Dalit Feminist Theory: A Reader radically redefines feminism by introducing the category of Dalit into the core of feminist thought. It supplements feminism by adding caste to its study and praxis; it also re-examines and rethinks Indian feminism by replacing it with a new paradigm, namely, that caste-based feminist inquiry offers the only theoretical vantage point for comprehensively addressing gender-based injustices.
Drawing on a variety of disciplines, the chapters in the volume discuss key themes such as Indian feminism versus Dalit feminism; the emerging concept of Dalit patriarchy; the predecessors of Dalit feminism, such as Phule and Ambedkar; the meaning and value of lived experience; the concept of Difference; the analogical relationship between Black feminism and Dalit feminism; the intersectionality debate; and the theory-versus-experience debate. They also provide a conceptual, historical, empirical and philosophical understanding of feminism in India today.
Accessible, essential and ingenious in its approach, this book is for students, teachers and specialist scholars, as well as activists and the interested general reader. It will be indispensable for those engaged in gender studies, women’s studies, sociology of caste, political science and political theory, philosophy and feminism, Ambedkar studies, and for anyone working in the areas of caste, class or gender-based discrimination, exclusion and inequality.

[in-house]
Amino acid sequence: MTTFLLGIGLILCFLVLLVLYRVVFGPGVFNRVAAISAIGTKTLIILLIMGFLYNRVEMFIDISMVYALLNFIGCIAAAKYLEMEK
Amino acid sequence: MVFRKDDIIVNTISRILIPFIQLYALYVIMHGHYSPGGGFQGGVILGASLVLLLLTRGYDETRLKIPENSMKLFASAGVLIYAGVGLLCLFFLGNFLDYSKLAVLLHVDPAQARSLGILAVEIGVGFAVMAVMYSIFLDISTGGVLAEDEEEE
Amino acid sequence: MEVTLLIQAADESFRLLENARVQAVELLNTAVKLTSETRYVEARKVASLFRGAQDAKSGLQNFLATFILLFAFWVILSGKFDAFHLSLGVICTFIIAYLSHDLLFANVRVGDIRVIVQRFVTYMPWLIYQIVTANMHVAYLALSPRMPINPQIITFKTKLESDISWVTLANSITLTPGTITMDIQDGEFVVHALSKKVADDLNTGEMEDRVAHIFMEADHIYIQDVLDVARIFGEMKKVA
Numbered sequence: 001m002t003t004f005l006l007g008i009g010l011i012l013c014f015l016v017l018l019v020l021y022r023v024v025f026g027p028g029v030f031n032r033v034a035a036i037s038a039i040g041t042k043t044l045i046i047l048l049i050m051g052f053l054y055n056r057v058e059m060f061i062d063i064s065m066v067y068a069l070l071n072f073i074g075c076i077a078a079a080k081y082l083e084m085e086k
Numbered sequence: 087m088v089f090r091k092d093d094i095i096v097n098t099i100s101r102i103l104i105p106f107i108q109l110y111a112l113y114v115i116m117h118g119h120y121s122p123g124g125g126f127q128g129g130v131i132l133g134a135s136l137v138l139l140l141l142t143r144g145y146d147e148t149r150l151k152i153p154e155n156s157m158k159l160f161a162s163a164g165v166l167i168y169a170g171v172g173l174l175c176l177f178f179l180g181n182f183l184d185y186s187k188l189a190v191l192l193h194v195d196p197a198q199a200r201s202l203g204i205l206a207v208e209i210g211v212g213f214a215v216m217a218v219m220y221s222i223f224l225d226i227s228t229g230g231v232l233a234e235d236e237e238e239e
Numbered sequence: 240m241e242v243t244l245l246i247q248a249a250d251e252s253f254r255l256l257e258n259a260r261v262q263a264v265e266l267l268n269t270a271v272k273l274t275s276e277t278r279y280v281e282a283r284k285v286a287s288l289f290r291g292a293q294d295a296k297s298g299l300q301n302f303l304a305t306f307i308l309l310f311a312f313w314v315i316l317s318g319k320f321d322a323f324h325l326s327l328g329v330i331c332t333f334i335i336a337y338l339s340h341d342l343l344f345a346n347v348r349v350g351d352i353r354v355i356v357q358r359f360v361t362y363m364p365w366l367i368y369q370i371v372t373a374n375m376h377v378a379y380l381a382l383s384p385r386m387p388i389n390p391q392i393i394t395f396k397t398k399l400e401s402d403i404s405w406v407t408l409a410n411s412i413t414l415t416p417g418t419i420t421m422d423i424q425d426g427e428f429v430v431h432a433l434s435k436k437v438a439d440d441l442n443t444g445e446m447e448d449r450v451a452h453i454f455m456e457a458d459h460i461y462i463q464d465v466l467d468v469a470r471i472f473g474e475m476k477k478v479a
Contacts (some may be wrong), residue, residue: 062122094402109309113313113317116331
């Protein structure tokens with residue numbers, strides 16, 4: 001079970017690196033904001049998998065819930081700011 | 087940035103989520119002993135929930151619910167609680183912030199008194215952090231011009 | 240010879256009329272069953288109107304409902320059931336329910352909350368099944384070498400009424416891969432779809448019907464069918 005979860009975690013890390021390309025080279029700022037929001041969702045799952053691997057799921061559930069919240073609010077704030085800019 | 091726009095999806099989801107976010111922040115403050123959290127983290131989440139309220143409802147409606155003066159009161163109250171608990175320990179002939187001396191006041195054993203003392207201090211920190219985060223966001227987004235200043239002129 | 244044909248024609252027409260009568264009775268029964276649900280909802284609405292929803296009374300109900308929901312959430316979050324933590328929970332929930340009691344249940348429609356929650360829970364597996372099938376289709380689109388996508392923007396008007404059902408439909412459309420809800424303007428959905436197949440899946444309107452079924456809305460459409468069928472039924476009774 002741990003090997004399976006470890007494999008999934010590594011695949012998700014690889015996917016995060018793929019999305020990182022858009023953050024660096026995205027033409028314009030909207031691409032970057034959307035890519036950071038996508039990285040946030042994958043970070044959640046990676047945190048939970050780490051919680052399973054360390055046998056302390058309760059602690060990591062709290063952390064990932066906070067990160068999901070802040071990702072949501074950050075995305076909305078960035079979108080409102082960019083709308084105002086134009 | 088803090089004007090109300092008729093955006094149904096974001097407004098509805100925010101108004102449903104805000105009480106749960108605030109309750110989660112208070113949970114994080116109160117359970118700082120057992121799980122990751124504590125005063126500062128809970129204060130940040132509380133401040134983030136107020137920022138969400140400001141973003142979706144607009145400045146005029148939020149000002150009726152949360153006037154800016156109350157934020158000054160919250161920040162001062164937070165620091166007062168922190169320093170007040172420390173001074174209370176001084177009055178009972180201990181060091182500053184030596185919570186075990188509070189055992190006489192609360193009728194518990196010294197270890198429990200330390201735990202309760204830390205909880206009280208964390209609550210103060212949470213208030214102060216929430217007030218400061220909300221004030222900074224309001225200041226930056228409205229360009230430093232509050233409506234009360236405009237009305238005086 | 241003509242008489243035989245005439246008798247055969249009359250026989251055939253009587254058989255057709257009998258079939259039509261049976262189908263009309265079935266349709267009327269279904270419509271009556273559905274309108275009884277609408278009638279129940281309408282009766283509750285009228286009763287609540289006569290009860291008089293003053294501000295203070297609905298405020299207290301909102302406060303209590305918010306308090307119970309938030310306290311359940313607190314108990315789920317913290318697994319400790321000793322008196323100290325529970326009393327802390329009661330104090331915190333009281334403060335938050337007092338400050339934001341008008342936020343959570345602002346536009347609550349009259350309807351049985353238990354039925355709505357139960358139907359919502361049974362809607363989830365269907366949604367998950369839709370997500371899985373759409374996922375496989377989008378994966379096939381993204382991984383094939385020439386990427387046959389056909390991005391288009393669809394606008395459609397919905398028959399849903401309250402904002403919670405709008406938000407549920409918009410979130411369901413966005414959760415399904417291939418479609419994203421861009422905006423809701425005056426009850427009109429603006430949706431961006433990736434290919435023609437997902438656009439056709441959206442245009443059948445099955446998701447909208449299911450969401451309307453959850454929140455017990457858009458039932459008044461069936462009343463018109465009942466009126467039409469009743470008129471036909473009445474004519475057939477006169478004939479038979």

Introduction: theorising Dalit feminism
Sunaina Arya and Aakash Singh Rathore
PART I Indian feminism vs Dalit feminism
1 A critical view on intersectionality
2 Problems for a contemporary theory of gender
Susie Tharu and Tejaswini Niranjana
3 Indian feminism and ‘Dalit patriarchy’
Gopal Guru; V. Geetha; Uma Chakravarti
PART II Predecessors of Dalit feminism
4 Dalit women’s agency and Phule-Ambedkarite feminism
5 Ambedkarite women
6 Ramabai and Ambedkar
PART III Lived experience as ‘difference’
7 Brahmanical nature of violence against women
8 Vilifying Dalit women: epics and aesthetics
Vizia Bharati; Y. S. Alone
9 Dalit women’s autobiographies
PART IV What difference does ‘difference’ make?
10 ‘Difference’ through intersectionality
11 Dalit women talk differently
12 Debating Dalit difference
PART V Intersectionality in India
13 Why intersectionality is necessary
S. J. Aloysius, J. P. Mangubhai and J. G. Lee
14 The Dalit woman question
15 Responses to Indian feminists’ objections
Mary E. John; Meena Gopal
PART VI Toward a Dalit feminist theory
16 Feminist fictions: a critique of Indian feminism
17 Revitalising Dalit feminism
Smita M. Patil
18 Dalit women’s experience: toward a Dalit feminist theory
'This book is a study of Indian feminist thought with caste at its centre. It looks at the places where Dalit feminism has diverged from dominant-caste feminism and considers analogies drawn between Dalit- and black-feminist activism and movements. It also examines at length what the legacies of Jotirao Phule, Pandita Ramabai and BR Ambedkar did for Dalit feminist thinking.'
- The Caravan
'Bringing Indian and Hispanic feminists together.'
- Tejano Tribune